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A question in the energy of a capacitor

  1. Apr 7, 2013 #1
    The energy stored in a capacitor is defined as the amount of work required to charge it. Can anyone clarify to me who does this work? It sure must be opposite to the electric field. In the derivation why is it ∫ v dq ... I don't get this integral. Why isn't it negative?? Thanks!
  2. jcsd
  3. Apr 7, 2013 #2


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    Staff: Mentor

    Why do you think it should be negative?
  4. Apr 7, 2013 #3
    The battery is doing work. Vdq is the infinitesimally small amount of energy dU stored.
  5. Apr 7, 2013 #4
    So is it because potential energy is the work done by an external force?.. I think I got it.. But why is it V dq and not for example Q dv?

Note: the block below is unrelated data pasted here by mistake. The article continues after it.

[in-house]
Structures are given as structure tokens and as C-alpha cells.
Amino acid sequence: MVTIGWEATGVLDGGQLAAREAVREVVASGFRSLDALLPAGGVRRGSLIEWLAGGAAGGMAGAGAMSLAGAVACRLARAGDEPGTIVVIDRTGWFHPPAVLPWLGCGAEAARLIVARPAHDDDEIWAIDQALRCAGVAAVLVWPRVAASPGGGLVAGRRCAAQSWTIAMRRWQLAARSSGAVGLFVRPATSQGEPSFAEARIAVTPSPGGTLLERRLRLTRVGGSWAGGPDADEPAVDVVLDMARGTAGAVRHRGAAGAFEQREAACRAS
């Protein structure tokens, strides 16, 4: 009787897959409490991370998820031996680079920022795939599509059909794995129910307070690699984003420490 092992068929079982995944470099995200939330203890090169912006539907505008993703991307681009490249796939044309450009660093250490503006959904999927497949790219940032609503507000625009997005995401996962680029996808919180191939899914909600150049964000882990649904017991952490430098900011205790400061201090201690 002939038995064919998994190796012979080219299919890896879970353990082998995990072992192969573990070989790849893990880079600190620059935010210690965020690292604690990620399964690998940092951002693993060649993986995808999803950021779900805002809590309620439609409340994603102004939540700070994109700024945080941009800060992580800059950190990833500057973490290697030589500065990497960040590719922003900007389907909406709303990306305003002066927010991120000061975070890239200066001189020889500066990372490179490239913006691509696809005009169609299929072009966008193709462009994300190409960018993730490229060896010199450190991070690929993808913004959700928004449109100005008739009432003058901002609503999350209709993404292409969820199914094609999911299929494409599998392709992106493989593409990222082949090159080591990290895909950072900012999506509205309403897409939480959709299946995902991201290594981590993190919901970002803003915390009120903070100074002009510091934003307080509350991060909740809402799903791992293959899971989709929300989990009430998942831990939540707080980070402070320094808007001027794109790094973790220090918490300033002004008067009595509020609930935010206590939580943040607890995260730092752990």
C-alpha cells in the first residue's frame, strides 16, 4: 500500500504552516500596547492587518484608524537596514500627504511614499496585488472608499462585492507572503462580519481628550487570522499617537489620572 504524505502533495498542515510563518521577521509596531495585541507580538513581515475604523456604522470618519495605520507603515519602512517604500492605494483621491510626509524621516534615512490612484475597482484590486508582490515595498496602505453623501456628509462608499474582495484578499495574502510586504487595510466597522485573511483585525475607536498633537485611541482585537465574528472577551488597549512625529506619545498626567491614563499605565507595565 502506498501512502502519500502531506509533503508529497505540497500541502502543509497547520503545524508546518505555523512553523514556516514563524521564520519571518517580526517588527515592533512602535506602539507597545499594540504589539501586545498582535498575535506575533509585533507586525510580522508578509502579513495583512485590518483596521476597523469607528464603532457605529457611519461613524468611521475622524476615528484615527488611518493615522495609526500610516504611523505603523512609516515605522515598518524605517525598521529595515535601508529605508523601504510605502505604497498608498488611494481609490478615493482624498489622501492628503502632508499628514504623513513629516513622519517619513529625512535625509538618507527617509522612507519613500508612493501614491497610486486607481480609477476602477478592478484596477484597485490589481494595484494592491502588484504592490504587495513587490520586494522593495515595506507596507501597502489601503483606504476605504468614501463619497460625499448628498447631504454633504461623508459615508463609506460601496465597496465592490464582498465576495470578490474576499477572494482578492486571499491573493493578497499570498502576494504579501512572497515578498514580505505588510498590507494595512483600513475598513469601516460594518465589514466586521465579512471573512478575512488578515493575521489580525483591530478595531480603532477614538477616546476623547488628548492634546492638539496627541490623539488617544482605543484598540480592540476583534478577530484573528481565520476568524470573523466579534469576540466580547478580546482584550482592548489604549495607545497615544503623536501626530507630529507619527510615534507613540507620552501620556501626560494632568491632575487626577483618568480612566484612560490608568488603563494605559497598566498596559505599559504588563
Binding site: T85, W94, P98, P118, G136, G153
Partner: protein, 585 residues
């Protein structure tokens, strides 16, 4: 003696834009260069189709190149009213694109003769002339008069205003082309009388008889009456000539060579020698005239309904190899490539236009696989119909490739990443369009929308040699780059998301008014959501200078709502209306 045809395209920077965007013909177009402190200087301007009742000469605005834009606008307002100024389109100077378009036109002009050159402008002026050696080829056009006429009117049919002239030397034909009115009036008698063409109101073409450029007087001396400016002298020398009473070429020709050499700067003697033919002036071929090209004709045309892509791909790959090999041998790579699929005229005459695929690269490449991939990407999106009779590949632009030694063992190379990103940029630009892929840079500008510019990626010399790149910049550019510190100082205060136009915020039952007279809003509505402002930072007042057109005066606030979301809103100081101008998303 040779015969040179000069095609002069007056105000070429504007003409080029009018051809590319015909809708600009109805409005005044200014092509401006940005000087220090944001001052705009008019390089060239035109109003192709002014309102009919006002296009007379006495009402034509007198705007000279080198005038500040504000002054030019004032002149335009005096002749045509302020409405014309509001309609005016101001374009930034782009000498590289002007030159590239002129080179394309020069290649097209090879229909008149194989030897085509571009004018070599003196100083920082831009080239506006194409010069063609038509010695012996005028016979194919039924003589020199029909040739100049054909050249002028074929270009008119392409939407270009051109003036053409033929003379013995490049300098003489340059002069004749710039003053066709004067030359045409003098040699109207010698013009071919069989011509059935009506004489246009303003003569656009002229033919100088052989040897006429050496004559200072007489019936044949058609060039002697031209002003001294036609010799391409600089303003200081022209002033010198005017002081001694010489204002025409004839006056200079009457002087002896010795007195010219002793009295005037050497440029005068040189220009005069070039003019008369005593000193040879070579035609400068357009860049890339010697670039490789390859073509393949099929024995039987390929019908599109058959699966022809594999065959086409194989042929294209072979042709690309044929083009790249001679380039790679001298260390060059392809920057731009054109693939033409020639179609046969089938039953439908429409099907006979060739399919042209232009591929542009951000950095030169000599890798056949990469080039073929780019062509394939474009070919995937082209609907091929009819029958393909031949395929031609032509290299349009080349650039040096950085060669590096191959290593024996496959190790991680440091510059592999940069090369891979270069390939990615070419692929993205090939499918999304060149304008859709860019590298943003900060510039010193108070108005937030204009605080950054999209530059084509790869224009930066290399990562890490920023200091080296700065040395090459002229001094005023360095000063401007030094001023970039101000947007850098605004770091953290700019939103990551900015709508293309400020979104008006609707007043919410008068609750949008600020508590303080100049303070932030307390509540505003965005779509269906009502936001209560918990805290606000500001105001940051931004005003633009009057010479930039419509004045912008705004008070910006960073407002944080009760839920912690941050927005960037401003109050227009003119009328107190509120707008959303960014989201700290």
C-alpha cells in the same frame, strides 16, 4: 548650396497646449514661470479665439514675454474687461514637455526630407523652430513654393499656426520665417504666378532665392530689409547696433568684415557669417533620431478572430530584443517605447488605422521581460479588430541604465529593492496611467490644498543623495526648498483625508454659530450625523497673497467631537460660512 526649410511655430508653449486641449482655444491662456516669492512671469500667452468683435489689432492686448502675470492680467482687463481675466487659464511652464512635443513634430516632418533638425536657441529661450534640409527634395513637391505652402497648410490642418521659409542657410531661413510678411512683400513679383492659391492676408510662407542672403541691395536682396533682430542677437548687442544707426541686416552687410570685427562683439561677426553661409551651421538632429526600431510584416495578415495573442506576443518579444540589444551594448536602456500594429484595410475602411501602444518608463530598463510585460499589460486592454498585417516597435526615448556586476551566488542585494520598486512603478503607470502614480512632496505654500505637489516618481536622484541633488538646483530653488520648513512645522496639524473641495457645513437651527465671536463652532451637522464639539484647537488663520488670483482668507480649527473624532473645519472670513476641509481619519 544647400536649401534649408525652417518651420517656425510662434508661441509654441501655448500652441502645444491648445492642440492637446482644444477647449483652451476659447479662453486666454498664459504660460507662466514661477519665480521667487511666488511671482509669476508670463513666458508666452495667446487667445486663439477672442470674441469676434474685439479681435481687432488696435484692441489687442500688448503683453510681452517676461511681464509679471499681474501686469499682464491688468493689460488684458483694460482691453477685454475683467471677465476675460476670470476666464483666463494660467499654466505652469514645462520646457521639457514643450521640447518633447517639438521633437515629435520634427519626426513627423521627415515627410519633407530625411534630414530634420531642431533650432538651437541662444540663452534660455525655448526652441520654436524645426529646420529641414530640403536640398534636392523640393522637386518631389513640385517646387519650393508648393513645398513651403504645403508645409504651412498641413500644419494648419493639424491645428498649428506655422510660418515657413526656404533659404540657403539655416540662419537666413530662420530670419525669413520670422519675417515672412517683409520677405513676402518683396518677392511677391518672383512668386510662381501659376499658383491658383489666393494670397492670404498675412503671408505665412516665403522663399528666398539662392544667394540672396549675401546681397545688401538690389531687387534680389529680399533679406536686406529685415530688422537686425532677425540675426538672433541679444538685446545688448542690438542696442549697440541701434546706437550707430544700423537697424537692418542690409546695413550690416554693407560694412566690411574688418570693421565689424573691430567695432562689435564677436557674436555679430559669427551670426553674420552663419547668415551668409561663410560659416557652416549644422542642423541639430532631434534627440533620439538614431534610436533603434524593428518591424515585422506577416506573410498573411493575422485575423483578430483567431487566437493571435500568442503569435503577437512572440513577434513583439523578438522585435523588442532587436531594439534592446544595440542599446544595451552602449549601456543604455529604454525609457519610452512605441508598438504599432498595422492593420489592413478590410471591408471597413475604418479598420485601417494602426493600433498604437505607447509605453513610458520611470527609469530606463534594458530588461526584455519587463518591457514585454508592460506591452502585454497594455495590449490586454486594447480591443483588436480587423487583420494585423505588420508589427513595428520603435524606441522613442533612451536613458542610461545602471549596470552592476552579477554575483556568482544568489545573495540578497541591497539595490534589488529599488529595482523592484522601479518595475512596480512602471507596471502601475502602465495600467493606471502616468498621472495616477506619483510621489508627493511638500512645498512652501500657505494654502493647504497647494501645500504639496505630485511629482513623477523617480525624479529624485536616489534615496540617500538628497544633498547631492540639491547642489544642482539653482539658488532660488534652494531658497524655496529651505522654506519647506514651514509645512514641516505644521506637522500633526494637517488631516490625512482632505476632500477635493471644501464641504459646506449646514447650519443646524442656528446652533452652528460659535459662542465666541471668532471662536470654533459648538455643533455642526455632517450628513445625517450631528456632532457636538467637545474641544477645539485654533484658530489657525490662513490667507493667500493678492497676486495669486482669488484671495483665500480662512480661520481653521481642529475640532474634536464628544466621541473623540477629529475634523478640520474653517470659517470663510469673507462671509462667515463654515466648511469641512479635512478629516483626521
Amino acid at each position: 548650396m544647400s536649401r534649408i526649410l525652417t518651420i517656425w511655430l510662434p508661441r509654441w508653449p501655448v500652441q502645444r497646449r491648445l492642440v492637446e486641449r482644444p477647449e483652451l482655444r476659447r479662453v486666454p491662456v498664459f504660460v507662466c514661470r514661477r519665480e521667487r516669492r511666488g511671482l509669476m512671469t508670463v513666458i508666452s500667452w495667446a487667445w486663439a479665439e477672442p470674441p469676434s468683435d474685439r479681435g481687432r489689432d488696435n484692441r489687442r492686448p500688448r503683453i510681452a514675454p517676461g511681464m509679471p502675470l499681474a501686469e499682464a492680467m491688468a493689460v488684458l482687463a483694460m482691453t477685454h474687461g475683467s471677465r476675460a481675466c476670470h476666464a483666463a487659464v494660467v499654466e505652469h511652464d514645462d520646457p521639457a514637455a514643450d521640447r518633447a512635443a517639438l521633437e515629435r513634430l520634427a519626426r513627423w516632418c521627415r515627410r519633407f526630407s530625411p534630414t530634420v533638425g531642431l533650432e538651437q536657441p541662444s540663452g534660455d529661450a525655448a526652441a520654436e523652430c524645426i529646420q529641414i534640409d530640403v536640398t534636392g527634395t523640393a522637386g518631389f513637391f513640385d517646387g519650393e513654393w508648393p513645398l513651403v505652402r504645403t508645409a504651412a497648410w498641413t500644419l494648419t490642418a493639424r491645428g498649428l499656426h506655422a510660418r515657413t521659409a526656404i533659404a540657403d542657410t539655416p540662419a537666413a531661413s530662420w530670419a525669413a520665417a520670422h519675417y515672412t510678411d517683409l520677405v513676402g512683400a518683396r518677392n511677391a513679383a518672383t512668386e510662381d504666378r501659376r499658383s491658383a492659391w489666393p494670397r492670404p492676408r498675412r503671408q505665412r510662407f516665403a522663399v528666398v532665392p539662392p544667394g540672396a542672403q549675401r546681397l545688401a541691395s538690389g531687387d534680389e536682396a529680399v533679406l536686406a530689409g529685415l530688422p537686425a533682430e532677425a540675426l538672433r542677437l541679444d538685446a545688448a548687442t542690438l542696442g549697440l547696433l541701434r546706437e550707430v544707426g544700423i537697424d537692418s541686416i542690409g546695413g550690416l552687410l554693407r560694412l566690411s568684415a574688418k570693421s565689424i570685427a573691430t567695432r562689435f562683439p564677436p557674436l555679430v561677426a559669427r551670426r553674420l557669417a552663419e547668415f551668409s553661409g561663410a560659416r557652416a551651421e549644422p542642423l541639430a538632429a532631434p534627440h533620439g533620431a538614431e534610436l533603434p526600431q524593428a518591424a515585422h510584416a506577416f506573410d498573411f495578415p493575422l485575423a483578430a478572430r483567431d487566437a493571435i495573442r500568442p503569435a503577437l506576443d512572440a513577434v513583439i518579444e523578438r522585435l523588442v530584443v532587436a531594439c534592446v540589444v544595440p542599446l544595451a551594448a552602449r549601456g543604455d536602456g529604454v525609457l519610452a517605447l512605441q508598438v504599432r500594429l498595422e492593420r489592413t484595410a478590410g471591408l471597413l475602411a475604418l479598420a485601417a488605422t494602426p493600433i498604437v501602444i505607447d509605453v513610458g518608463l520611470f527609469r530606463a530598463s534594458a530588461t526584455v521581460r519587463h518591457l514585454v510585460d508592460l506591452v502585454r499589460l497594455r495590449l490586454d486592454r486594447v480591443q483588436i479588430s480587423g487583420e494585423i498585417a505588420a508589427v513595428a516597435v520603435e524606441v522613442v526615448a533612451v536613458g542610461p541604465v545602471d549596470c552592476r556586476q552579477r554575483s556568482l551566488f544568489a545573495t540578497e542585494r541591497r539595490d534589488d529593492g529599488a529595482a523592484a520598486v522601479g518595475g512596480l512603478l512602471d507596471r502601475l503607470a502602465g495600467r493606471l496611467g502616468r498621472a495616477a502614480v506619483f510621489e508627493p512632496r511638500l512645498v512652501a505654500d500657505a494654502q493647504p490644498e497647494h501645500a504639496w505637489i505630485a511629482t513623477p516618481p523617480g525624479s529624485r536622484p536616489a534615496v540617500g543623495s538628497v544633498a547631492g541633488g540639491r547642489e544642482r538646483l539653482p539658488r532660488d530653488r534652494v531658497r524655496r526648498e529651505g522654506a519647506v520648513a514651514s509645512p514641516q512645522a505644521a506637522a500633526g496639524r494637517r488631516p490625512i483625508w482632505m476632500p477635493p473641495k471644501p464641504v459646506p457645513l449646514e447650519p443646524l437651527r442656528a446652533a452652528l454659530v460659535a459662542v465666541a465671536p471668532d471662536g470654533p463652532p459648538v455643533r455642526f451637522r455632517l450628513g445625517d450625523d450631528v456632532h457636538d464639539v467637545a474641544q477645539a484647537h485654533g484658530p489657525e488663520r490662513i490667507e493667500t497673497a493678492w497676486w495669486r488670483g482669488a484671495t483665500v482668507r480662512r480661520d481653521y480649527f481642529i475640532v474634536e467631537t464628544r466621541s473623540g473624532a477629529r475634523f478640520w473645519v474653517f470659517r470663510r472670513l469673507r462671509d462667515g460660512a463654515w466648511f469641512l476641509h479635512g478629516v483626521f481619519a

6. Apr 7, 2013 #5
    Why don't we make something like integral of dq*dv ???
  7. Apr 7, 2013 #6


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    Homework Helper

    Here's my understanding of it: We have for the voltage across a capacitor:
    [tex]V = \frac{q}{c} [/tex]
    And the equation for the power being spent, being turned into energy (stored in the capacitor) is:
    [tex]P = IV[/tex]
    Now, integrate both sides with respect to time, on the left hand side we get the energy stored in the capacitor, and on the right hand side, we get:
    [tex] \int V I dt [/tex]
    and since I = dq/dt that means our equation equals:
    [tex] \int V dq [/tex]
    You could instead write Q dV But usually in problems, we are told what the final charge on the capacitor is, so we want our limits to involve charge, not voltage.
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